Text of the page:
This is a difficult question, which is better absorbed with the chart. That is, comcast Corporation (Nasdaq:CMCSA) on the belt in the bidding war for UK-based satellite pay-TV network and broadband provider sky PLC (ADR) (OTCMKTS:SKYAY).
It is against US rival bidder for the twenty-first century Fox Inc (Nasdaq:has closet), but in light of the fact that Walt Disney (Ticker NYSE:DIS) is looking to acquire the most from the Fox, sky the end may end up being a Disney property.
While normally, there is an opportunity to buy a large piece of Fox, with or without the sky, if for some reason Disney/Fox pairing did not work as expected.
That’s a lot for any current or future Comcast stock for the process.
The fact — and several of my colleagues on InvestorPlace said the same — everything is moving fine could do here, aiming for the sky can be too much of a headache with little to no winnings.
It’s not a complete mismatch. To be fair, there are certain advantages. As Disney CEO Bob iger said in a sky: “the sky is just an amazing Platform. We are very impressed with their user interface, their ability to attract and retain customers, value for their customers.”
University of Westminster Professor of communications Steven Barnett commented on the benefits of the strategy “any large global player, especially with comcast and would like the opportunity to be [in] the European markets. And the sky is the obvious entry point”.
By and large, though, analysts are not worried about possible comcast and sky, and what should bother the people Comcast shares.
MoffettNathanson analyst Craig Moffett explained a few weeks ago:
“Yes, the sky is more than just a direct distributor of satellite TV, but … well, let’s face the truth, the sky is a direct distributor of satellite TV. And Yes, the sky is also a provider of broadband … but it’s resale broadband platform, not hall, so it is one that unlike the US, has no competitive advantages.”
Macquarie analyst Amy Yong also questioned the validity of the transaction on mathematics, noting that “would never be able to purchase its own shares on the 8x vs the acquisition of the sky at 12x”.
If doubt seem familiar, there’s a good reason. He something in common with our own will Ashworth said just a couple of weeks ago:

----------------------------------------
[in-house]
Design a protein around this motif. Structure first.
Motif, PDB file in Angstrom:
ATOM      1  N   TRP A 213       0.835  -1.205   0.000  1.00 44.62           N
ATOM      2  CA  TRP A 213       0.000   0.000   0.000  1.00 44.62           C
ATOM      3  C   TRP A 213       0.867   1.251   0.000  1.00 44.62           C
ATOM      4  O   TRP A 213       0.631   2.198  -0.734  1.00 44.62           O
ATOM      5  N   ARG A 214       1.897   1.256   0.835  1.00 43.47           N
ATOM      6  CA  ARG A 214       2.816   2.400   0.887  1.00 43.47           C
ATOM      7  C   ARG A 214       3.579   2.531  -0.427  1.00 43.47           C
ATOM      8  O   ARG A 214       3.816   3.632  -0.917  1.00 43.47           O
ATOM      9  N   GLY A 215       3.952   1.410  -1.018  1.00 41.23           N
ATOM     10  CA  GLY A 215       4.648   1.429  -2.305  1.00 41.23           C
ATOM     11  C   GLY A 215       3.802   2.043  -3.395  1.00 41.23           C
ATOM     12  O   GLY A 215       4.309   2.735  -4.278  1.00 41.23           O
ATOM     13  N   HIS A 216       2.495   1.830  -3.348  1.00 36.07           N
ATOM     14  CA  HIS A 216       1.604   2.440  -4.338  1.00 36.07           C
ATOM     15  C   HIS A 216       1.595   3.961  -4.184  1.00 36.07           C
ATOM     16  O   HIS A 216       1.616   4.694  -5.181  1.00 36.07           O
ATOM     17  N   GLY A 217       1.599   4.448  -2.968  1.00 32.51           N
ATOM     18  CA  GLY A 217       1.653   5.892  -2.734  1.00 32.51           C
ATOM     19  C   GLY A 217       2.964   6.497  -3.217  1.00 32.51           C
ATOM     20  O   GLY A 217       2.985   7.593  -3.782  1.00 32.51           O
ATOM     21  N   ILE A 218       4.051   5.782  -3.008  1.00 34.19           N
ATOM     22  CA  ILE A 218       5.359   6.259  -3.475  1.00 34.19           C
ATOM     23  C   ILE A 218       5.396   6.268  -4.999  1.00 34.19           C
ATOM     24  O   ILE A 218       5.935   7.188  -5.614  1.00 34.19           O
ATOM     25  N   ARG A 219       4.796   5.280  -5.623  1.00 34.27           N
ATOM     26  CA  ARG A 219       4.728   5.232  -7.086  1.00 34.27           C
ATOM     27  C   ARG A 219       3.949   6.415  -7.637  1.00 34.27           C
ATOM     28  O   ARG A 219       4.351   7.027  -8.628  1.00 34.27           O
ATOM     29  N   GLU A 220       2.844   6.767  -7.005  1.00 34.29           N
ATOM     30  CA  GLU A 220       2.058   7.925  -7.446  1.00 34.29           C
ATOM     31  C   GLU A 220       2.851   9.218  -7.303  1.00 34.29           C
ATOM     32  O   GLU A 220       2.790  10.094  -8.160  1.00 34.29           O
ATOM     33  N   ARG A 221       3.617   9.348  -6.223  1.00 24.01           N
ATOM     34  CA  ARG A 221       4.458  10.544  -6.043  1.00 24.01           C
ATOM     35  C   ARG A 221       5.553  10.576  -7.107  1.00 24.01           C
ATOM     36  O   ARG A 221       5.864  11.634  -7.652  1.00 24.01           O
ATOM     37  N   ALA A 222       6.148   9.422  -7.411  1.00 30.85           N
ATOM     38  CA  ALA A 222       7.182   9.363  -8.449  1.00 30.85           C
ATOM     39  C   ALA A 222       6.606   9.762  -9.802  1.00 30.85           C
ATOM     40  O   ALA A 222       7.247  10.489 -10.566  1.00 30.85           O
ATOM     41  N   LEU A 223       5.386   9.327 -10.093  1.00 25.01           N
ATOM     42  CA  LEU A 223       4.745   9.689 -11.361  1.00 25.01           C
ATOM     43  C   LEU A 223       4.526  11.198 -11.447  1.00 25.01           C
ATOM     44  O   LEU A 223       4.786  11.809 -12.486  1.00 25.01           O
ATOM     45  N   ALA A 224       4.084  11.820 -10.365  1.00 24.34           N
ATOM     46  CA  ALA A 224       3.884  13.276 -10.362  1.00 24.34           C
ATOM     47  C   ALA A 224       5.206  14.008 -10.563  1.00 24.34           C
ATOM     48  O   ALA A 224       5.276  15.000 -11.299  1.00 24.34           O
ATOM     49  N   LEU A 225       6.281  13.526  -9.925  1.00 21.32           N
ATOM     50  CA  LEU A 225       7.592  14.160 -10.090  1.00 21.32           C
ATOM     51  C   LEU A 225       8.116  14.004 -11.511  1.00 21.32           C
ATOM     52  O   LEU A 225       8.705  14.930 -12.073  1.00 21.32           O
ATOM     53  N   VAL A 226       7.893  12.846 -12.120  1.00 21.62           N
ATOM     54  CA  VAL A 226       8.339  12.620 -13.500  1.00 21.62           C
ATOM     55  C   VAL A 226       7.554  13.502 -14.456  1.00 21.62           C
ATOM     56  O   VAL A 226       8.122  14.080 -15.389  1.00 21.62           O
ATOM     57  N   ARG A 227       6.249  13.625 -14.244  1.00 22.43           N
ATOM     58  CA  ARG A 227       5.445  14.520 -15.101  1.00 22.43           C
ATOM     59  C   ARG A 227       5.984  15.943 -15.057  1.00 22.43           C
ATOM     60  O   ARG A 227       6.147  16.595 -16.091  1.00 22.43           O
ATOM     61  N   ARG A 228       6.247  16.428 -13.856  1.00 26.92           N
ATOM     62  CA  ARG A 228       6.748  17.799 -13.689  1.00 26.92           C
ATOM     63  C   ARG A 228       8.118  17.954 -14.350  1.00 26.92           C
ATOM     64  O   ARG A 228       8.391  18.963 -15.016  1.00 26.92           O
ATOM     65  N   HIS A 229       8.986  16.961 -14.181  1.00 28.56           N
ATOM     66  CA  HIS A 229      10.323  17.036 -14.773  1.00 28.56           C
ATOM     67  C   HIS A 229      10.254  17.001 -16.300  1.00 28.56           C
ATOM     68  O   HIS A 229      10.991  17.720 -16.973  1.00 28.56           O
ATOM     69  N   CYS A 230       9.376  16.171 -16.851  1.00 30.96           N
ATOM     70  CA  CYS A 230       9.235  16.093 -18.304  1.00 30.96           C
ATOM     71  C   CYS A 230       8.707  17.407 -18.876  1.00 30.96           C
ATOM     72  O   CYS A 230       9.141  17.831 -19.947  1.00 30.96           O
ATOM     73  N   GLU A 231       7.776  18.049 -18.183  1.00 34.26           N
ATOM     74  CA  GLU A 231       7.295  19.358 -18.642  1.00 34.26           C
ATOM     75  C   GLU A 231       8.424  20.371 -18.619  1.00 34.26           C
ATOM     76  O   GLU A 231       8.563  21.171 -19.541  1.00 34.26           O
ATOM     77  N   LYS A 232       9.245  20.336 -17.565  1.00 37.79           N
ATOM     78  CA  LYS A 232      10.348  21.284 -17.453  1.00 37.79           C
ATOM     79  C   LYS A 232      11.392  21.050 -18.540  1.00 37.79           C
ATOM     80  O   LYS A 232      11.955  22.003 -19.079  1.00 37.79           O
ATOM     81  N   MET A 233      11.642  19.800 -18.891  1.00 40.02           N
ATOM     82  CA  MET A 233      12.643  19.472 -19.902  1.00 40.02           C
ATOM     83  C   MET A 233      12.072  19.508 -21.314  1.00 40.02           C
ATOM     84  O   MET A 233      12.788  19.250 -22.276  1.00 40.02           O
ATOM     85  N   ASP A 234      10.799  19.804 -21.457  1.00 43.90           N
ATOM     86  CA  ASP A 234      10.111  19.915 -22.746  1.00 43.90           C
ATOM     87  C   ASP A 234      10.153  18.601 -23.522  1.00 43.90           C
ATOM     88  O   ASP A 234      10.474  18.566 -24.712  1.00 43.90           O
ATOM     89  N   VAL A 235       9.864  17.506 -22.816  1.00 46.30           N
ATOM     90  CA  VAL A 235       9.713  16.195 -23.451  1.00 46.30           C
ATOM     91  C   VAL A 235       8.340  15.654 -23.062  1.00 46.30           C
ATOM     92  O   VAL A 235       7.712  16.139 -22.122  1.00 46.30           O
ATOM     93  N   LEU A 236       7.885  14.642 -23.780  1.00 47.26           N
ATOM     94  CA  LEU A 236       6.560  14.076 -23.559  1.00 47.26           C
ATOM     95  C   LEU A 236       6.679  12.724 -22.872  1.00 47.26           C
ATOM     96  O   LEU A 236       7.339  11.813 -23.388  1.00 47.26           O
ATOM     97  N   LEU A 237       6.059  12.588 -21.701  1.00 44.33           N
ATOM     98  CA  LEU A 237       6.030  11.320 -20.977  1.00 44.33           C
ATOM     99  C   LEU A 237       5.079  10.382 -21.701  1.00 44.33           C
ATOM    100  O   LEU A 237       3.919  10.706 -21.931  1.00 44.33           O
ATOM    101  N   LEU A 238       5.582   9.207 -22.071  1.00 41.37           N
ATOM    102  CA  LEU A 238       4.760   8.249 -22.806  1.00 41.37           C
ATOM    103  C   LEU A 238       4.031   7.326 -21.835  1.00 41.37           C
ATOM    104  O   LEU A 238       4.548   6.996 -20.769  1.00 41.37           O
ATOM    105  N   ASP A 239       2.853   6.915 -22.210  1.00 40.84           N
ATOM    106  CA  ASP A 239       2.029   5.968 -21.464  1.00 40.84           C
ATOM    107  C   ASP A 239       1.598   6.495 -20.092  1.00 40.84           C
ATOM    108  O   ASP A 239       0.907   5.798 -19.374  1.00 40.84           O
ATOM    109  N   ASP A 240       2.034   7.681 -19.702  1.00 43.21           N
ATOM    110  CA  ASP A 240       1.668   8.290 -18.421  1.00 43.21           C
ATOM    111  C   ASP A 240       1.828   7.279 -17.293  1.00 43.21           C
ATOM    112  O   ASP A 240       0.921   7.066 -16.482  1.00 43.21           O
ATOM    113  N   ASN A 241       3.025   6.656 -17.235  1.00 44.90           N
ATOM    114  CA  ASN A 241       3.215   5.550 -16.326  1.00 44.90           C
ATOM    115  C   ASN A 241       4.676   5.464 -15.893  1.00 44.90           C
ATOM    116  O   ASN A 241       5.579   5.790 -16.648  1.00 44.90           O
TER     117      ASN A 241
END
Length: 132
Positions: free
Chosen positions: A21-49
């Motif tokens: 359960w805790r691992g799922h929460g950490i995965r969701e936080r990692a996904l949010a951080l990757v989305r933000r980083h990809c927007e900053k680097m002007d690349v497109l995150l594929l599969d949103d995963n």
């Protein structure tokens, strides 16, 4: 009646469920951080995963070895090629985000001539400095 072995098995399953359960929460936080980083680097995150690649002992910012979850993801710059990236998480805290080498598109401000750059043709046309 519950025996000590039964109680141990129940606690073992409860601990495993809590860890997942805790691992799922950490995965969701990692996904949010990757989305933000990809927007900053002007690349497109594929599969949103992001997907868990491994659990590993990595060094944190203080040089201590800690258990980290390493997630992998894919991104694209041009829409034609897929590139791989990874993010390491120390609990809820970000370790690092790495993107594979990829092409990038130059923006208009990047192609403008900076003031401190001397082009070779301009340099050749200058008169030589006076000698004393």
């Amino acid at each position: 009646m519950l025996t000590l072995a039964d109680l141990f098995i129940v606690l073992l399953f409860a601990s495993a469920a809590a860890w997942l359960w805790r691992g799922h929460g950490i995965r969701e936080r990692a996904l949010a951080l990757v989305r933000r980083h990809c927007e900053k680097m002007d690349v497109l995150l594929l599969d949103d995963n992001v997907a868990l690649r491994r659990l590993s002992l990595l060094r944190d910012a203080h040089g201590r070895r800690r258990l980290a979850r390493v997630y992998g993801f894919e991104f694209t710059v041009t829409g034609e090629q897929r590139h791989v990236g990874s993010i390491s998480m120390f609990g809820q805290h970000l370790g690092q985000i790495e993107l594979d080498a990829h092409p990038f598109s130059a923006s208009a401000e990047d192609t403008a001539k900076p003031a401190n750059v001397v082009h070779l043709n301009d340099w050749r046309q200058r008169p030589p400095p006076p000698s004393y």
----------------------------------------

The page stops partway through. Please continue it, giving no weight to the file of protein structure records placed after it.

“I think [Comcast CEO] Roberts wise to move away from any complicated, time consuming transactions and focus instead on small acquisitions that can strengthen its existing assets without costing the company a lot of money.”
InvestorPlace Author Vince Martin also has doubts as to the parties to the transaction, commenting in March:
“Comcast needs to make a move or risk being left behind. This is quite a serious problem in the future. Adding sky to fix their problems. Not adding Lisa, if Comcast can somehow cheat your way to own all, or most, of blasphemy in the process. That would at least give the company grounds to challenge Netflix and Disney on the streaming side.”
It’s just a lot of very smart people, they all say the same thing — too many voices, to pretend that the concern is just on the verge.
The bottom line for Comcast stock
There’s a reason why Comcast shares have fallen about 15% since the end of last year. This bleeding of relevance, in a world where over-the-Top (OTT) TV is winning the war for traditional TV for viewers eyes.
UBS believes the company will lose another 400 000 subscribers video only this year. Combining sky programming in the mix, of course, sweetens the pot for TV watchers, and between the sky and NBCUniversal studios, the combined company may develop a great OTT service, which can only be destructive even for the venerable Netflix, Inc.in (NASDAQ:NYSE: nflx).
Many (perhaps too many) of the planet should be lining up to take shape, as I would like.
Moffett may have summed up the problem better, saying:
“There are so many assumptions required if the intended strategy Comcast wants to succeed. Running the table on all of them is quite uncertain, and requires to read, and the acceptance of business decisions from a rather wealthy competitors…. The point here is not just whether global or pan-European OTT war-a war that comcast can win. It’s also whether this war is worth winning”.
In other words, perhaps it is a struggle with comcast does not want to take. Let’s hope that it’s all just a red herring to catch a Fox, or at least part of Fox, as comcast tried to do a few months ago. This proposal was rejected, paving the way for the BID to Disney to Fox.
Regardless, that does not solve the underlying problem that Comcast.
At the time of this writing, James Brumley does not occupy a position in any of the above securities. You can follow him on Twitter @jbrumley.